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For some forms of storytelling, dialogue is not only important, it’s essential. Read the script of almost any play, television piece or film and you’ll see that, quite rightly, dialogue is at the centre of everything. Descriptive prose, on the other hand, takes a backseat, if it’s present at all (in the case of many scripts for plays, the prose goes no further than the occasional ‘exeunt’).
This is not the case for the majority of prose-based fiction – that is to say, short stories, novellas and novels. For these stories, descriptive prose is the lifeblood of the medium. A writer’s ability and skill in visualising a landscape, in bringing to life a character through the description of their features, in creating an unspoken subtext between two friends through body language – these are all the writer’s gift. It’s what makes prose so special and unique compared to other written media.
But does that mean that dialogue is an unimportant aspect of the short story, novella or novel? Of course not. Most stories contain plenty of dialogue, and for many writers it’s one of the most challenging literary craft skills to master.
So let’s dive a little deeper and see what those challenges are exactly, as well as how the best writers overcome them.
The great Irish writer John Millington Synge was a stickler for realism in dialogue. So much so that he rented a room in the Aran Islands one summer and recorded the conversations he heard from the neighbouring family, picking up on their inflections, mannerisms, vocal tics, etc. He wanted his writing to perfectly ape the poorer folk living off the west coast of Ireland.
Handy as this level of detail would prove to be for Synge (especially given that he was predominantly a playwright), I doubt that it would be as useful for today’s prose storyteller.
As we’ve touched upon in previous Fetish Literature articles, fiction is rarely a rigorously accurate reflection of ‘real-life’ experiences. Rather, we can think of it more as a stylised rendition of reality.
And dialogue is no different.
In everyday conversation, there is plenty of superfluity. Tangents, lost threads, repetition – these are all conversational traits that are present in practically all ‘real-life’ dialogue. But in fiction, they can distract from a story’s essential themes and direction.
The best fiction writers are acutely aware of the nuances of ‘real-life’ dialogue, and they’ll take exactly what they need for their work, whether that’s the unsure umming and arring to demonstrate a character’s lack of conviction; or a character who talks in verbose tangents to emphasise their scatterbrain thinking. If a particular manner of speaking will enrich the story and its characters, then it will stay. Otherwise, it won’t make it past the first draft.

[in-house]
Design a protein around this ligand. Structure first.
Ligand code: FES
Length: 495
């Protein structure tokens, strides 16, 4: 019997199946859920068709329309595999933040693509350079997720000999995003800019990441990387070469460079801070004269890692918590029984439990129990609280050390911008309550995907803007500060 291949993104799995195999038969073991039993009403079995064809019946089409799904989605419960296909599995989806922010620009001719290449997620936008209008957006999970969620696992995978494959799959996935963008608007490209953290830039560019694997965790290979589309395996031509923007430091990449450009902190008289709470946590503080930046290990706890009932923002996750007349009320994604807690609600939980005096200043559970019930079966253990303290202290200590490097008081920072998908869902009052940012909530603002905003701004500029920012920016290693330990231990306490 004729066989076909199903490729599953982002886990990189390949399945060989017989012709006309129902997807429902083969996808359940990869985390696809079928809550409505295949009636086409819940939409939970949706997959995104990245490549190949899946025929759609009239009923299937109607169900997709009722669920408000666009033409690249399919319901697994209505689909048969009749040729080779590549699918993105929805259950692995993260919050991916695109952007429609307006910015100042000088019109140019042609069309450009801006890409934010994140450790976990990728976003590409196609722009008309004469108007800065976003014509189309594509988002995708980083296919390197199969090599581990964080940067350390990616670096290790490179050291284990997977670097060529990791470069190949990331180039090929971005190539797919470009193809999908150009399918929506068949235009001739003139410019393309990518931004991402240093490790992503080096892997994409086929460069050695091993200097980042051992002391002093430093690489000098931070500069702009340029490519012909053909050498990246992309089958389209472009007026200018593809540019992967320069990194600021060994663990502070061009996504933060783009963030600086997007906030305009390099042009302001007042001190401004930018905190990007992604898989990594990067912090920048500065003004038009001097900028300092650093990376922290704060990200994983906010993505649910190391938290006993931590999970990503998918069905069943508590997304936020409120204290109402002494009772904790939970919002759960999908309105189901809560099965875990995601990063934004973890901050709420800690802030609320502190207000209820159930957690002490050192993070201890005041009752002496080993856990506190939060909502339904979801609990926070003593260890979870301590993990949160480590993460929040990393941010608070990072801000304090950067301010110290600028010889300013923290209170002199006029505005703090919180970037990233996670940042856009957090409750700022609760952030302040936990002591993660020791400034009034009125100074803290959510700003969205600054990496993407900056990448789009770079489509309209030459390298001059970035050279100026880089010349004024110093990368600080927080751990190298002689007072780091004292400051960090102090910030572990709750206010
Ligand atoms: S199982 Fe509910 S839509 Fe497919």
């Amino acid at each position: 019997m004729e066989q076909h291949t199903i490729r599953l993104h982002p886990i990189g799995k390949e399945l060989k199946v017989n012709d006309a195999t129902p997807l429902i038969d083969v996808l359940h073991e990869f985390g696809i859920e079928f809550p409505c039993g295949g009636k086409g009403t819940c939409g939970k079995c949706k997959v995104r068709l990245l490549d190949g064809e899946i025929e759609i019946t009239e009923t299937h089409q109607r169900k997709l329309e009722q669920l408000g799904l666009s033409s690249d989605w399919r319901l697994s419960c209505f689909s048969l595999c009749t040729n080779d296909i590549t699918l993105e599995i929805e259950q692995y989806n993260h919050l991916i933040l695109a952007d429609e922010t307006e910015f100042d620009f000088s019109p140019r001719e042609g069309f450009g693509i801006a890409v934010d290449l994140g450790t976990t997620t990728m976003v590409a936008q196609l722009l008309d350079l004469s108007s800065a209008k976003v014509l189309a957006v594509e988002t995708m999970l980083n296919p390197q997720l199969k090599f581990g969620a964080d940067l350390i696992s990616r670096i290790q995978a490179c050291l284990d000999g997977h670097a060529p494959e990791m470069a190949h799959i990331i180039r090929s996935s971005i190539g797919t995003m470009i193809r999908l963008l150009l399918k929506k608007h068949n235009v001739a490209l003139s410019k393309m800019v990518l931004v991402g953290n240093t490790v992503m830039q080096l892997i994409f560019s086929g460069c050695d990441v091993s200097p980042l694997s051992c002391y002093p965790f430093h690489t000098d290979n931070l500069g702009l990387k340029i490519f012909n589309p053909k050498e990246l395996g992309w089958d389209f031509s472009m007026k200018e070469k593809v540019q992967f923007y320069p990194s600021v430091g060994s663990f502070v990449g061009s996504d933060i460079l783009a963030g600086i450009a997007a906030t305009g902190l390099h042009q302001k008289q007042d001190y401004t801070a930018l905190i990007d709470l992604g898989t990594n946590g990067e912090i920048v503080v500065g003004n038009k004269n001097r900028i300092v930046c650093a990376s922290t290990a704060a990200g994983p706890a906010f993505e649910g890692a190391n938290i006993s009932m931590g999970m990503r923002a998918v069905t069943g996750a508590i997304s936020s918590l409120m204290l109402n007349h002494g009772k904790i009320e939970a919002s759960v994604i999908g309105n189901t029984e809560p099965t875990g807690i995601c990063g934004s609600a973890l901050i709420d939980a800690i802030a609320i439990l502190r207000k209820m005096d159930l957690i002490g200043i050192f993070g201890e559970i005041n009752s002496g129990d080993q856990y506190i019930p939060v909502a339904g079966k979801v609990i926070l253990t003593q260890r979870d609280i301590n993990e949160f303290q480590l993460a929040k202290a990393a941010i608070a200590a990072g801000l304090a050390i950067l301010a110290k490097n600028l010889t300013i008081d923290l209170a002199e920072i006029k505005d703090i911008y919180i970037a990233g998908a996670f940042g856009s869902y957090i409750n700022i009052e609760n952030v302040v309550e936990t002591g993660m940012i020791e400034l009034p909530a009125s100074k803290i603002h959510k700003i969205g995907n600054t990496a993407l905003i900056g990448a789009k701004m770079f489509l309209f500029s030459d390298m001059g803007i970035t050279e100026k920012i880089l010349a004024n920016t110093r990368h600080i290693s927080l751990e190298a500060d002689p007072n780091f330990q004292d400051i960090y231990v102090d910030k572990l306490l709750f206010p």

In great writing, dialogue is never unrealistic. It helps to cement the texture of the fictional universe. It adds to the story’s credibility. But it will rarely, if ever, imitate real speech down to the syllable.
‘Good dialogue is not real speech – it’s the illusion of real speech.’
– Ernest Hemingway
One of the big issues that aspiring writers come across is the use of verbs of attribution in dialogue, i.e. the ‘he said’ / ‘she said’ that often follows a line of dialogue, letting the reader know who is speaking.
The temptation for many writers is to use more expressive verbs, such as ‘he screamed’ or ‘she whispered’. It is a simple and effective way of attributing emotion to a character’s way of speaking. However, this type of verb attribution is often shunned in favour of the more bare-boned ‘he said’ / ‘she said’.
Why is this the case?
Literary purists would argue that the writer’s objective is to produce descriptive results as artfully as possible. ‘Show, don’t tell,’ as the old maxim goes. Rather than simply describe a character as ‘angry,’ it should be described how that anger is manifesting, i.e. with bulging eyes or clenched fists. And the same applies to dialogue. If the writer wants to convey emotion in the way a character speaks, they should do so with prose around the dialogue, rather than the verb of attribution.
Let’s consider the following passage of dialogue between a blogger and his friend.
‘What do you mean you haven’t signed up to my literary newsletter?’ the blogger screamed. ‘What sort of a friend are you?’
‘I’m sorry,’ his friend whispered. ‘I’m just not that into literature.’
As you can see, the above passage contains expressive verbs of attribution (‘screamed’ and ‘whispered’). Now, let’s consider the same scene again, this time using ‘he said’ / ‘she said’, while also trying to convey the same character emotions.
‘What do you mean you haven’t signed up to my literary newsletter?’ the blogger said, his voice trembling and loud, bouncing from one wall to the other.